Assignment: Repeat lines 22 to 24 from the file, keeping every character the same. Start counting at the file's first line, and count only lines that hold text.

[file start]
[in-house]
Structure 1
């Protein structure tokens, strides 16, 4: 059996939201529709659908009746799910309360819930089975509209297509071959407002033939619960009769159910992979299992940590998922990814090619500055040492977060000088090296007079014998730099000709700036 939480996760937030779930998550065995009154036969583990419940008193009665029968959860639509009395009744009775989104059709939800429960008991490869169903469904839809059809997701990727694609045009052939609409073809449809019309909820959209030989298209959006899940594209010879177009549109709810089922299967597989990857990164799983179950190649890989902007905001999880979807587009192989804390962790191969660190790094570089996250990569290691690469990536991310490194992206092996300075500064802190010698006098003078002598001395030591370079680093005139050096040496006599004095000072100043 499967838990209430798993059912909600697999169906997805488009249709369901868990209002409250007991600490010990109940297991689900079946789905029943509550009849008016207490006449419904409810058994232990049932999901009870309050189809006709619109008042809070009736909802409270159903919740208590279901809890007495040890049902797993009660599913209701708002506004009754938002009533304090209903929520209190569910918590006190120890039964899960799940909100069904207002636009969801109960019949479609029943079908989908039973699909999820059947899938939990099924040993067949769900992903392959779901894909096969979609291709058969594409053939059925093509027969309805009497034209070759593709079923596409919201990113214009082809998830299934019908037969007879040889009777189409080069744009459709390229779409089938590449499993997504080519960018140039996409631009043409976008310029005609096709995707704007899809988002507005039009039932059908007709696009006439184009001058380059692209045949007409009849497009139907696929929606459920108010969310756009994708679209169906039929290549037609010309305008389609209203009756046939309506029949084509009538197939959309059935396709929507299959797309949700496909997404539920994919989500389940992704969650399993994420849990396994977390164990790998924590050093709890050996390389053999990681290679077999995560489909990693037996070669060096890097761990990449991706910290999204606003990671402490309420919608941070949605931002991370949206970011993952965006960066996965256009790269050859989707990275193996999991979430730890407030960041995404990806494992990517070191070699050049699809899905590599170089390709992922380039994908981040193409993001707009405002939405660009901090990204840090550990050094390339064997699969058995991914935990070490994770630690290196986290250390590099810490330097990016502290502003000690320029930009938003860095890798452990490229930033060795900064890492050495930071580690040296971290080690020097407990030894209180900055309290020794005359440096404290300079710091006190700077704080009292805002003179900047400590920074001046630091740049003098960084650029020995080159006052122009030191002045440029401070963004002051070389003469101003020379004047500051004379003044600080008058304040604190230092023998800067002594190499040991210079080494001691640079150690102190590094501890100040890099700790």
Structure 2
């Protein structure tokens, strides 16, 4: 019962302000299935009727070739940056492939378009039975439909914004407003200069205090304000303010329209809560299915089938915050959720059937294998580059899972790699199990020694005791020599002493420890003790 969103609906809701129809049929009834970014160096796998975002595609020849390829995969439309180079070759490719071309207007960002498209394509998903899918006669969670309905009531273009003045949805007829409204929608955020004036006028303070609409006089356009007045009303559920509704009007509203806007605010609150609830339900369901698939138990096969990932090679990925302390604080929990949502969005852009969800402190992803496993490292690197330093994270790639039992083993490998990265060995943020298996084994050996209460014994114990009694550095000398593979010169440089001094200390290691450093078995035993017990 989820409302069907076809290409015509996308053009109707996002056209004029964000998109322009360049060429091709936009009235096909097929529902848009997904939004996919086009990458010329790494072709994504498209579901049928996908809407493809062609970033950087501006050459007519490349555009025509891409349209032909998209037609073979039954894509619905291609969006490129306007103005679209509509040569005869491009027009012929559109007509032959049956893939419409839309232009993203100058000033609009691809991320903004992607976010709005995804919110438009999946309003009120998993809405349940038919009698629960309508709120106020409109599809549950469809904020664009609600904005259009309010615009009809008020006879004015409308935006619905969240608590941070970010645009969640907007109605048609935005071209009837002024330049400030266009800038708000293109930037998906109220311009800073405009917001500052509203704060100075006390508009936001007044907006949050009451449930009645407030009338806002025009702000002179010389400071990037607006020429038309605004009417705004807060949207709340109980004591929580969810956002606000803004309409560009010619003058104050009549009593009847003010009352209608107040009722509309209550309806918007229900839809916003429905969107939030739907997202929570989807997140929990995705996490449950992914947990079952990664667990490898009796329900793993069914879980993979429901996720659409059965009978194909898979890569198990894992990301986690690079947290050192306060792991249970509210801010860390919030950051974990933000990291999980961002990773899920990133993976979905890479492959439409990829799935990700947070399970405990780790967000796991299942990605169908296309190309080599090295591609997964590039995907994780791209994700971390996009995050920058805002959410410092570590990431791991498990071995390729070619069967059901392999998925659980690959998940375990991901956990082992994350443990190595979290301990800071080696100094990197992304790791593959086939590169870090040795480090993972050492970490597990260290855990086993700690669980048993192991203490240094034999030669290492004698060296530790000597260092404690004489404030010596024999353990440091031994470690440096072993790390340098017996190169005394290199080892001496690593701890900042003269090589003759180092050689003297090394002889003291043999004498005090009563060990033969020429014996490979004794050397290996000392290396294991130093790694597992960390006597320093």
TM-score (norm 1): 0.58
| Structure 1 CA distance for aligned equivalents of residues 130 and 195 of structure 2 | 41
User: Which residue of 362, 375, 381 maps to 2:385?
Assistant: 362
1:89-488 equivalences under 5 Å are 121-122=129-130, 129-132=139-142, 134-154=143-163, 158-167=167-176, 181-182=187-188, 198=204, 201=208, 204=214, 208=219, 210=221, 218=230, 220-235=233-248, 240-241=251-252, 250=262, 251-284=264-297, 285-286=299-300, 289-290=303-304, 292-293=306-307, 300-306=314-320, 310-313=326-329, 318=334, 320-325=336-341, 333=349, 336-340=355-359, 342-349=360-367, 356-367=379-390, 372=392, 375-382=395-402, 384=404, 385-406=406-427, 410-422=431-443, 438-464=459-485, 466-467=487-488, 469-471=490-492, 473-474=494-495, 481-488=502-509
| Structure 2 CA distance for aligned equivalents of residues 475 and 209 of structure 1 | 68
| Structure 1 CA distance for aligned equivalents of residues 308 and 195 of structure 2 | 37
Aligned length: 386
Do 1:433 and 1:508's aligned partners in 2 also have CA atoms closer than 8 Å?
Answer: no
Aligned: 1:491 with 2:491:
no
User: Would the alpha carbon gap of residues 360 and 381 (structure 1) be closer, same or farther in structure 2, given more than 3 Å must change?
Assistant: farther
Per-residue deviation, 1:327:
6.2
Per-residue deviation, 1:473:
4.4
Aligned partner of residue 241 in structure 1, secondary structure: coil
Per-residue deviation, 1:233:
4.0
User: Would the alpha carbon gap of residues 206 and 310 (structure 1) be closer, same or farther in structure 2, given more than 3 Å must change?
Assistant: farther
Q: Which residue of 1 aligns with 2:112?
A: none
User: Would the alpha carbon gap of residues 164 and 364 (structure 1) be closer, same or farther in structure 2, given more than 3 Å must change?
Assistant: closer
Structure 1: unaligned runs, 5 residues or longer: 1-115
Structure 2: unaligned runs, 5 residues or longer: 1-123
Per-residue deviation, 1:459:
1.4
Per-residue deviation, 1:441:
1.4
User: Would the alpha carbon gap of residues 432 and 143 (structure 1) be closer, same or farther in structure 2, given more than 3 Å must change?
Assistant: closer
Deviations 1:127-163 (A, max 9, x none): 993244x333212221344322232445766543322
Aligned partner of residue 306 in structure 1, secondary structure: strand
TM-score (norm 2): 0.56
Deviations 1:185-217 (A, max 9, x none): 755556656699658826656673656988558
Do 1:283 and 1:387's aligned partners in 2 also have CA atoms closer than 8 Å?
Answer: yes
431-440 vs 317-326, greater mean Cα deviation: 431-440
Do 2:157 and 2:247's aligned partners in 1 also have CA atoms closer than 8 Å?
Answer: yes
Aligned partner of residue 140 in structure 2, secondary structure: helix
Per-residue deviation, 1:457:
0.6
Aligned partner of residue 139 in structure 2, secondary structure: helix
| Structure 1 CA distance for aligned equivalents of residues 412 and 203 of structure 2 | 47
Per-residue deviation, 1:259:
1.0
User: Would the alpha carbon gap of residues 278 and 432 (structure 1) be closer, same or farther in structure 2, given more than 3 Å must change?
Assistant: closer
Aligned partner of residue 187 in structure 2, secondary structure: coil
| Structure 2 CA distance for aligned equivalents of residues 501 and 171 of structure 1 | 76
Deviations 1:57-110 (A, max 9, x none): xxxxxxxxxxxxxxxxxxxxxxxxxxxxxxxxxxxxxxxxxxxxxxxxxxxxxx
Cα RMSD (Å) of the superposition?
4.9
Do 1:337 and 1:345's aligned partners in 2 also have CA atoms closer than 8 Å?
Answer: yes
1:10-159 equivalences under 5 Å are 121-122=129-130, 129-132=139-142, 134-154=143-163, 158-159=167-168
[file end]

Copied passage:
Per-residue deviation, 1:473:
4.4
Aligned partner of residue 241 in structure 1, secondary structure: coil